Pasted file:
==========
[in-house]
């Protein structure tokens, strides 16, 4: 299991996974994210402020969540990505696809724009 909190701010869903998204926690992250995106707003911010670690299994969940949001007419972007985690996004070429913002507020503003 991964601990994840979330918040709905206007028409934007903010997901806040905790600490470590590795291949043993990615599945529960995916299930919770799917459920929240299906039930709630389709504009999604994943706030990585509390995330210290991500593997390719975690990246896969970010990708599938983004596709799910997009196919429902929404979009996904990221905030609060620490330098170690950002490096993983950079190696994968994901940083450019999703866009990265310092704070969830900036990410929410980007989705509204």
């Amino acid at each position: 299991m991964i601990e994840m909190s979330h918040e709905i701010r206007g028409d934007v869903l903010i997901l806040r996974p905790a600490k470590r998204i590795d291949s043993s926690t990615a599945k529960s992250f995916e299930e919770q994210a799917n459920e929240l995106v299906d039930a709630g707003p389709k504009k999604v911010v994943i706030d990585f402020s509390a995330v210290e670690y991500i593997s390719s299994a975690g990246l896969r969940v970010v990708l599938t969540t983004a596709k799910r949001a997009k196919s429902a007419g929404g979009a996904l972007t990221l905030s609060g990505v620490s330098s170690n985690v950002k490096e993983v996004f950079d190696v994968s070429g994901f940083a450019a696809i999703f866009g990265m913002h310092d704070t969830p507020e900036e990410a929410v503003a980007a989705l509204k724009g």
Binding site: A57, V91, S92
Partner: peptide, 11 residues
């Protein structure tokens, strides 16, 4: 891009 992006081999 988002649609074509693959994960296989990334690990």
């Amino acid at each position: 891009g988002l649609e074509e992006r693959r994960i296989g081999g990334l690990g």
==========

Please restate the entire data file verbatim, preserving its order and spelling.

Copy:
[in-house]
């Protein structure tokens, strides 16, 4: 299991996974994210402020969540990505696809724009 909190701010869903998204926690992250995106707003911010670690299994969940949001007419972007985690996004070429913002507020503003 991964601990994840979330918040709905206007028409934007903010997901806040905790600490470590590795291949043993990615599945529960995916299930919770799917459920929240299906039930709630389709504009999604994943706030990585509390995330210290991500593997390719975690990246896969970010990708599938983004596709799910997009196919429902929404979009996904990221905030609060620490330098170690950002490096993983950079190696994968994901940083450019999703866009990265310092704070969830900036990410929410980007989705509204």
């Amino acid at each position: 299991m991964i601990e994840m909190s979330h918040e709905i701010r206007g028409d934007v869903l903010i997901l806040r996974p905790a600490k470590r998204i590795d291949s043993s926690t990615a599945k529960s992250f995916e299930e919770q994210a799917n459920e929240l995106v299906d039930a709630g707003p389709k504009k999604v911010v994943i706030d990585f402020s509390a995330v210290e670690y991500i593997s390719s299994a975690g990246l896969r969940v970010v990708l599938t969540t983004a596709k799910r949001a997009k196919s429902a007419g929404g979009a996904l972007t990221l905030s609060g990505v620490s330098s170690n985690v950002k490096e993983v996004f950079d190696v994968s070429g994901f940083a450019a696809i999703f866009g990265m913002h310092d704070t969830p507020e900036e990410a929410v503003a980007a989705l509204k724009g």
Binding site: A57, V91, S92
Partner: peptide, 11 residues
């Protein structure tokens, strides 16, 4: 891009 992006081999 988002649609074509693959994960296989990334690990």
């Amino acid at each position: 891009g988002l649609e074509e992006r693959r994960i296989g081999g990334l690990g």